3. Does this Code of Conduct include the right for workers to form and join trade unions and bargain collectively; and in those situations where these rights are restricted under law, the right to facilitate parallel means of independent and free association and bargaining? This right is mentioned, with reference to parallel means for the situation of law restrictions (see point 8) (see link, page 6). Source
4. Does this labour conditions policy also apply further down the production chains, at least covering the leather production or the animal farms? Pentland Group does not make clear if the CoC and consequent labour conditions policy also applies further down the footwear production chain, such as leather tanning or cattle farms (see link, page 35). Source
5. Does the brand (company) have a published list of direct suppliers, that have collectively contributed to more than 90% of the purchase volume? Pentland Group provides a significant list of direct suppliers on its website. Source
6. Is the brand (company) a member of a collective initiative that aims to improve labor conditions, or does the brand (company) purchase its supplies from accredited factories with improved labor conditions? Pentland Group is a founding member of the Ethical Trade Initiative (ETI). Source
7. Do independent civil society organizations like NGO's and labor unions have a decisive voice in this collective initiative or in these certification schemes? Pentland is a member of ETI, which means that Labour Unions and/or business-independent NGO’s have a formal and co-decisive voice within the initiative and are co-responsible for the integrity and credibility of the initiative. Source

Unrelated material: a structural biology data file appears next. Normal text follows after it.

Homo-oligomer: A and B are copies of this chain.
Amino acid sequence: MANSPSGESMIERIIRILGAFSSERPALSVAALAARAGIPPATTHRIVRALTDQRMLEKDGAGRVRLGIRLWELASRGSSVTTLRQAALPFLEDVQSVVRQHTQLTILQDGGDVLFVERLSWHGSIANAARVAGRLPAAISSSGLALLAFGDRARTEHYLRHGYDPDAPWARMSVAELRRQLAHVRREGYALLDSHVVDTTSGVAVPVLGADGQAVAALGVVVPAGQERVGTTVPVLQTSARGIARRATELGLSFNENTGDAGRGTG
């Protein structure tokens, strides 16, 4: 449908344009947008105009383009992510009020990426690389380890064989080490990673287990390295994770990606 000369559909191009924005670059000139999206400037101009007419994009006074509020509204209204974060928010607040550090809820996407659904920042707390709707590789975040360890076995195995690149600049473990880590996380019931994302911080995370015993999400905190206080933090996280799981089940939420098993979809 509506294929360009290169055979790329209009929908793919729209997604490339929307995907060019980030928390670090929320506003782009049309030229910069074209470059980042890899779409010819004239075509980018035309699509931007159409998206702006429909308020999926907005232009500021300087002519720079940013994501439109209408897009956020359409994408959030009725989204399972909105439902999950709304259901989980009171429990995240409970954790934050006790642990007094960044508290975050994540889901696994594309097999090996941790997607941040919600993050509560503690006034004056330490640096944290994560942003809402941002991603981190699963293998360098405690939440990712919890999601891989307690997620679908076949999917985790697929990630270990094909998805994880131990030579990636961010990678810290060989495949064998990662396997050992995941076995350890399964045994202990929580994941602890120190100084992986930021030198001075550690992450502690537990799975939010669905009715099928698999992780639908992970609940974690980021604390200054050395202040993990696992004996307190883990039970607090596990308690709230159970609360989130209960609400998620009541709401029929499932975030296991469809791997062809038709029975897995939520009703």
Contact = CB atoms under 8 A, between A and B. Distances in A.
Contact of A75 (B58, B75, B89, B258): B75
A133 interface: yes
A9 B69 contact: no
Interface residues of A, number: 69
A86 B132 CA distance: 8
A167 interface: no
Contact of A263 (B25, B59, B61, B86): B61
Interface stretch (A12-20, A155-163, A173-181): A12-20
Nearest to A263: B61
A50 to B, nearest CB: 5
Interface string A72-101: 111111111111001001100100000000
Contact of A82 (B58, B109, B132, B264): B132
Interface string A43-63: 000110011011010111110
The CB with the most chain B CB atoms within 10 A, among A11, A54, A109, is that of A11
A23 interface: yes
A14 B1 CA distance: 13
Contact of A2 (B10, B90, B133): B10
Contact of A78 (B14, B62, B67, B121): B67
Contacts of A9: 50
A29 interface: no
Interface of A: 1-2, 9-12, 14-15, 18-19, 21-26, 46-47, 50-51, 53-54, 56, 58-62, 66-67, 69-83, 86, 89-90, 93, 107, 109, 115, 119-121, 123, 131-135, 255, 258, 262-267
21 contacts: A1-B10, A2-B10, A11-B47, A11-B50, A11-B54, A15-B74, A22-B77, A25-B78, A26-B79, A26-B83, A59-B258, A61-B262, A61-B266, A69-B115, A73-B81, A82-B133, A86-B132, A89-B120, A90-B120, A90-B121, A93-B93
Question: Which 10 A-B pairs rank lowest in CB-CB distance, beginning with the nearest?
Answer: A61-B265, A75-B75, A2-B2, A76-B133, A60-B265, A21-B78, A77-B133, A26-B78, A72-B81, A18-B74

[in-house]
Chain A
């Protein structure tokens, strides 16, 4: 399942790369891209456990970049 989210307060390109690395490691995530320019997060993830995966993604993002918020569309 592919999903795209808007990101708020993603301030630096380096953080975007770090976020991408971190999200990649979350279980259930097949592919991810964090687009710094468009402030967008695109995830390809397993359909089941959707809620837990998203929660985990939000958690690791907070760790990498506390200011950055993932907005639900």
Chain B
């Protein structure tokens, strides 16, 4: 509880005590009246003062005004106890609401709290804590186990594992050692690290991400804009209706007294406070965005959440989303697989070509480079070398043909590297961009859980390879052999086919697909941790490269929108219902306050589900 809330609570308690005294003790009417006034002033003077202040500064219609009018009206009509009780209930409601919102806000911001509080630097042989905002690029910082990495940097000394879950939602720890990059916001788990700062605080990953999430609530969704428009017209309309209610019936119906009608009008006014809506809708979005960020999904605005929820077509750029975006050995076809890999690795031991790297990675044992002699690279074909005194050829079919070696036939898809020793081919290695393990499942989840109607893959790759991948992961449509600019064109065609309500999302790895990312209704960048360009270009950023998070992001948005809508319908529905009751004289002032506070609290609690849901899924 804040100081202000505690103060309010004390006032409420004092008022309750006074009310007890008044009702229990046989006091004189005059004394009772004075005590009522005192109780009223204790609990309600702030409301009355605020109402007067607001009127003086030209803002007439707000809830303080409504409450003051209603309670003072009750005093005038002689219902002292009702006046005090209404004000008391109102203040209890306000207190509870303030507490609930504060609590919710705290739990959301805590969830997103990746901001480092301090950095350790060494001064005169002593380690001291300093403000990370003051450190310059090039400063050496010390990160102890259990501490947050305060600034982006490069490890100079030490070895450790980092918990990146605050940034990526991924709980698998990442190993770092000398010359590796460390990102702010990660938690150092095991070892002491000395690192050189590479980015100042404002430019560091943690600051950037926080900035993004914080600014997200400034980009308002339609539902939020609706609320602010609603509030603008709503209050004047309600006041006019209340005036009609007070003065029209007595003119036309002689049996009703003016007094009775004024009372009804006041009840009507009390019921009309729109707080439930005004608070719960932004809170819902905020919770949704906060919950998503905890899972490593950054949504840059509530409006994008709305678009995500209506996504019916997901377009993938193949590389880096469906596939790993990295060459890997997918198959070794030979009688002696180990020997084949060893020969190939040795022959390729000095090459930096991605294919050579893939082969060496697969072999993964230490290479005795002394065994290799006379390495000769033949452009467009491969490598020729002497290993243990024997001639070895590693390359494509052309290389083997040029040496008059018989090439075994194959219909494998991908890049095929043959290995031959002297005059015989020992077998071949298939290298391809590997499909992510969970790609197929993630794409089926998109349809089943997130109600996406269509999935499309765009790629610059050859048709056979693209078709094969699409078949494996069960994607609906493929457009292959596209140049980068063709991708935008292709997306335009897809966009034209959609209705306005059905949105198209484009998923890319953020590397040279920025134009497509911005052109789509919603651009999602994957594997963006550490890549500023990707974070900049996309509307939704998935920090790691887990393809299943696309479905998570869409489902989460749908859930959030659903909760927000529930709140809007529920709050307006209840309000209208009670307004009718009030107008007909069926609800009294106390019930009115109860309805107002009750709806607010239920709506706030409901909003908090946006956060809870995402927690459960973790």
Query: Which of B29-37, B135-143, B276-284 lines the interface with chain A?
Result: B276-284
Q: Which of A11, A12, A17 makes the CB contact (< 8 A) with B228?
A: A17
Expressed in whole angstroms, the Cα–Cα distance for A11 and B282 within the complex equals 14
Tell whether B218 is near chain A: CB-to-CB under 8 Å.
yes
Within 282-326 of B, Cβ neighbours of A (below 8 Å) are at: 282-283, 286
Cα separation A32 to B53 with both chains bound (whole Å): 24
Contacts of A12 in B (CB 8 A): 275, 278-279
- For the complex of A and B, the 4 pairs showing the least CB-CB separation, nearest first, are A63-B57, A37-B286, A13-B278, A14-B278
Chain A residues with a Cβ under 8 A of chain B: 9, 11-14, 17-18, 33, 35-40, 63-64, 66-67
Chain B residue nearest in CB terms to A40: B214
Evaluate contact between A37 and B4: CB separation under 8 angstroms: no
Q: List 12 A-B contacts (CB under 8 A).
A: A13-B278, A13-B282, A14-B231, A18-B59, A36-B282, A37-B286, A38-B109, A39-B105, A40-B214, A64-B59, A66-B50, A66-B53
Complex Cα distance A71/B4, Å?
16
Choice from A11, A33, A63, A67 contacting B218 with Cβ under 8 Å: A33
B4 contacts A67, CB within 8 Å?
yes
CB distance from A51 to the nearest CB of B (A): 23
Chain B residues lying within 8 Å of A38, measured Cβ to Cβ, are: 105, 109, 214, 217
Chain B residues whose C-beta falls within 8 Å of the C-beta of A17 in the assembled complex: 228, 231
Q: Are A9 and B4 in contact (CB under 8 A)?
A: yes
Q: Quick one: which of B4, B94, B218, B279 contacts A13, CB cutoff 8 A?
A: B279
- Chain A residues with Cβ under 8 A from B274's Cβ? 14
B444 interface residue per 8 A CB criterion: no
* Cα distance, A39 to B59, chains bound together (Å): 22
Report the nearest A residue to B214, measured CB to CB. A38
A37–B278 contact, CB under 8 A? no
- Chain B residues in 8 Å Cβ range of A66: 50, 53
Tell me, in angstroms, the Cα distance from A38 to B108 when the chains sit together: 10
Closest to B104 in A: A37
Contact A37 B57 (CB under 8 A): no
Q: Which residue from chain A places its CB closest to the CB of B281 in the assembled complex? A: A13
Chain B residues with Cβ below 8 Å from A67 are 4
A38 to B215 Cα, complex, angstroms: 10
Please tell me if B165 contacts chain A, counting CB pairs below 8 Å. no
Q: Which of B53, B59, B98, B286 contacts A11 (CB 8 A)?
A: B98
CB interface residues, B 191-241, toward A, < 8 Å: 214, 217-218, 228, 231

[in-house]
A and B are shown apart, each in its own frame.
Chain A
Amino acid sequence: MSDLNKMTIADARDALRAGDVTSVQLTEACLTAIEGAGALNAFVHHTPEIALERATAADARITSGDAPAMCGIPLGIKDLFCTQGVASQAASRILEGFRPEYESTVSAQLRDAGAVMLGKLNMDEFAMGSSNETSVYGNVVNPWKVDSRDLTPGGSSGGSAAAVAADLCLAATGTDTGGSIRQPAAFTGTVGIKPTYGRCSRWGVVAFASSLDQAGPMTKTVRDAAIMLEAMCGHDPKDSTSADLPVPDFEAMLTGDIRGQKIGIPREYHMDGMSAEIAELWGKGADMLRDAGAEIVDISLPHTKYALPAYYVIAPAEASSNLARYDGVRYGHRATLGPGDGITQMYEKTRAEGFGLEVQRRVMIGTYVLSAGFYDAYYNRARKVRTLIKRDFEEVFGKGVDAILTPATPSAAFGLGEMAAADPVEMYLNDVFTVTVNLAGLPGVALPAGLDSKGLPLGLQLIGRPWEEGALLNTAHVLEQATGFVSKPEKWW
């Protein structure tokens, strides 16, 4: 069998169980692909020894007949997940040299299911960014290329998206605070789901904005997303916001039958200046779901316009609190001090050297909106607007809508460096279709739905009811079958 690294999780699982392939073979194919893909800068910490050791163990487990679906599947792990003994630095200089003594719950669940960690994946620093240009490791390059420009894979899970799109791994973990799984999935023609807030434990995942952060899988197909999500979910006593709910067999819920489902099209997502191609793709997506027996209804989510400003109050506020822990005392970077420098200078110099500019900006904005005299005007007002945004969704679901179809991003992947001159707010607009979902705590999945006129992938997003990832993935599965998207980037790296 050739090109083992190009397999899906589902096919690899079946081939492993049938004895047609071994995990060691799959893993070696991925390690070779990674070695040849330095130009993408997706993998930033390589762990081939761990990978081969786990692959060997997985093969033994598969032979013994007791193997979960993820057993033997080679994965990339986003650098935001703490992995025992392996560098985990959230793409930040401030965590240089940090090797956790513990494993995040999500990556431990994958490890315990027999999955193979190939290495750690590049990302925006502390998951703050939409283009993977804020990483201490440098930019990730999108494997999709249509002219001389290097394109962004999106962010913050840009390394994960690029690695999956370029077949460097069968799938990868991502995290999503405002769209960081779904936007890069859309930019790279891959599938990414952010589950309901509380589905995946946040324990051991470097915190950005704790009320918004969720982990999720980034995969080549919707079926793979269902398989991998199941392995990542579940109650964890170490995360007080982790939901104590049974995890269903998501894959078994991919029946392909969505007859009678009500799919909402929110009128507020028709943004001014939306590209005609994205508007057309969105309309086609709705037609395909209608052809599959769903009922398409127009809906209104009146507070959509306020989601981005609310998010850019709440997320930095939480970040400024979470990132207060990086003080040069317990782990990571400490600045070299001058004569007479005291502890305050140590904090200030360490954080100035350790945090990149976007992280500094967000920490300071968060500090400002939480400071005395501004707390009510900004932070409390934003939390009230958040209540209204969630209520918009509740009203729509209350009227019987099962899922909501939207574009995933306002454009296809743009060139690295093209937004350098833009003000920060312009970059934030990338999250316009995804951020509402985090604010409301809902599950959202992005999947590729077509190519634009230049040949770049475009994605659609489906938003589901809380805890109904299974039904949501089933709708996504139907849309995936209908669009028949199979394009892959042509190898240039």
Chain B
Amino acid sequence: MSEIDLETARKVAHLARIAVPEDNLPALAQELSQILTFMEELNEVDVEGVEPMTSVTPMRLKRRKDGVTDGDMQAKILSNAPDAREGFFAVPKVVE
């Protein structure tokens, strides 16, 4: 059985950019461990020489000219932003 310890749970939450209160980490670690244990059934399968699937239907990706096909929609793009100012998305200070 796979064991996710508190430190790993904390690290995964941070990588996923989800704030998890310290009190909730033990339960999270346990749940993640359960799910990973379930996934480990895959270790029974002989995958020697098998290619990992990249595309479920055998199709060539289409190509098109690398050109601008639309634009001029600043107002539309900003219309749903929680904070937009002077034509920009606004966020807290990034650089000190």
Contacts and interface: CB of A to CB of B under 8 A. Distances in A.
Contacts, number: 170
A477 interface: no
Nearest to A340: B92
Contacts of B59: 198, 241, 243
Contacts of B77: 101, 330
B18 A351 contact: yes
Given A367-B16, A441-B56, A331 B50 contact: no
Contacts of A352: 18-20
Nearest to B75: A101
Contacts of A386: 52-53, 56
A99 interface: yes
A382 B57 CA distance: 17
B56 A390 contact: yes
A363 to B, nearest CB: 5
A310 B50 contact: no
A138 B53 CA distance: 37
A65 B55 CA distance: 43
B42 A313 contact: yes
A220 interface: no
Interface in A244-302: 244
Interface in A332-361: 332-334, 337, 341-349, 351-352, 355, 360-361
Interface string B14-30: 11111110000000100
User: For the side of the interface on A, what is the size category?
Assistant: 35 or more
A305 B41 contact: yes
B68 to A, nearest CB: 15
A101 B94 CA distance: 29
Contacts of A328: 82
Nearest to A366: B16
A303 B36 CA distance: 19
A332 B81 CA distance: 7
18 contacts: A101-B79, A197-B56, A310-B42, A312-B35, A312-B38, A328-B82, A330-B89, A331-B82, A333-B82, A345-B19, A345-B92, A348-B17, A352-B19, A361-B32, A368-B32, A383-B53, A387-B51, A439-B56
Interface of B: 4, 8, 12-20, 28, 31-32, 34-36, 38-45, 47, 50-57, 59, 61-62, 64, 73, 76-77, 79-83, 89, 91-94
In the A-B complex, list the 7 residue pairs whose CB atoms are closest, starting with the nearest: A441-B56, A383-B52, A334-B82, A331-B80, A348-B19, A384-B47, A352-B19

8. Is there a policy for the brand (company) for capacity building at the apparel manufacturers for improved labour practices? Pentland Group implements measures to improve labour practices at its apparel manufacturers, e.g. through involvement in the Better Work programme. But, concrete results, such as wages increased or working hours decreased, are not reported (see link, pages 34-44). Source
9. Does the brand (company) annually report on the results of its labor conditions policy? Is at least 90% of the brands production volume from apparel manufacturers monitored for labour conditions? Pentland Group reports on factory auditing, but does not report comprehensive results of its policies to improve labor conditions at its suppliers (see link, pages 34-44). Source
10. Is at least 25% of the production volume from apparel manufacturers approved as socially compliant by independent third parties, such as FWF, GOTS or SA8000? Neither Pentland Group nor Ellesse publicly report outcomes or results of its policies to improve labour conditions at its apparel manufacturers, which are verified by eligible third parties. Source
11. Is at least 50% of the production volume from apparel manufacturers approved as socially compliant by independent third parties, such as FWF, GOTS or SA8000? See remark for labor conditions policy question 10. Source
12. Does the brand (company) implement a policy to establish the payment of living wages at its apparel manufacturers? Are at least first living wage payments realised? Pentland Group implements measures to achieve the payment of living wages at its apparel manufacturers. However, concrete results are not yet reported (see link, page 12 & 40). Source
13. Does the brand (company) annually report on the results of its labor conditions policy for the leather, yarn and fabric production phases, including a reasonable overview of the number and region of workplaces covered by the policy in relation to the total production volume? Neither Pentland Group nor Ellesse publicly report clear results of its measures to improve labor conditions at its fabric manufacturers. Source
14. Are at least 50% of the brand's leather, yarn and fabric production phases approved as socially compliant by independent third parties, such as FLO-Cert, GOTS or SA8000? Neither Pentland Group nor Ellesse publicly report on results of its policies to improve labour conditions at its fabric manufacturers, which are verified by eligible third parties. Source